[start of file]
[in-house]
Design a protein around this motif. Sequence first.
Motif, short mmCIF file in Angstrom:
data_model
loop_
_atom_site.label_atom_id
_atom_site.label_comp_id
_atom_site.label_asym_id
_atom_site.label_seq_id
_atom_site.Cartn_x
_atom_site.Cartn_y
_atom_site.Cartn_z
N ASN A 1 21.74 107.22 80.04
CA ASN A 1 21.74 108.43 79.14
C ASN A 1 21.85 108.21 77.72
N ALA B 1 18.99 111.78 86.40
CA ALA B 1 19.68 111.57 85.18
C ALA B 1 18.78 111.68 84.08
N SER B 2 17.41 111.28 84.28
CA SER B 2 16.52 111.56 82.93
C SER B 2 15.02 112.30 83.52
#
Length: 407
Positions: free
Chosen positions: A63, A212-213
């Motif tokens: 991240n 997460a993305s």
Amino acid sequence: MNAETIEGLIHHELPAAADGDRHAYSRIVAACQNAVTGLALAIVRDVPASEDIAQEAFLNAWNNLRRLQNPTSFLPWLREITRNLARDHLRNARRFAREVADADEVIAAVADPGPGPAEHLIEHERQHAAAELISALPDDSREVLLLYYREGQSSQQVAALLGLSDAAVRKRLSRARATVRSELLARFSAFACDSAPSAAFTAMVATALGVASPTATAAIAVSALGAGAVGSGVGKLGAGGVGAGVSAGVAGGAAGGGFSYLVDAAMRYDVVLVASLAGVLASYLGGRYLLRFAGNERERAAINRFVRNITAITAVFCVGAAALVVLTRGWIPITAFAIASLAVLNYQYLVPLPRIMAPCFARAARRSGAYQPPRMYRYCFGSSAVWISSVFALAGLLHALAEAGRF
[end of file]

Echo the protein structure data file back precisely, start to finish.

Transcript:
[in-house]
Design a protein around this motif. Sequence first.
Motif, short mmCIF file in Angstrom:
data_model
loop_
_atom_site.label_atom_id
_atom_site.label_comp_id
_atom_site.label_asym_id
_atom_site.label_seq_id
_atom_site.Cartn_x
_atom_site.Cartn_y
_atom_site.Cartn_z
N ASN A 1 21.74 107.22 80.04
CA ASN A 1 21.74 108.43 79.14
C ASN A 1 21.85 108.21 77.72
N ALA B 1 18.99 111.78 86.40
CA ALA B 1 19.68 111.57 85.18
C ALA B 1 18.78 111.68 84.08
N SER B 2 17.41 111.28 84.28
CA SER B 2 16.52 111.56 82.93
C SER B 2 15.02 112.30 83.52
#
Length: 407
Positions: free
Chosen positions: A63, A212-213
């Motif tokens: 991240n 997460a993305s």
Amino acid sequence: MNAETIEGLIHHELPAAADGDRHAYSRIVAACQNAVTGLALAIVRDVPASEDIAQEAFLNAWNNLRRLQNPTSFLPWLREITRNLARDHLRNARRFAREVADADEVIAAVADPGPGPAEHLIEHERQHAAAELISALPDDSREVLLLYYREGQSSQQVAALLGLSDAAVRKRLSRARATVRSELLARFSAFACDSAPSAAFTAMVATALGVASPTATAAIAVSALGAGAVGSGVGKLGAGGVGAGVSAGVAGGAAGGGFSYLVDAAMRYDVVLVASLAGVLASYLGGRYLLRFAGNERERAAINRFVRNITAITAVFCVGAAALVVLTRGWIPITAFAIASLAVLNYQYLVPLPRIMAPCFARAARRSGAYQPPRMYRYCFGSSAVWISSVFALAGLLHALAEAGRF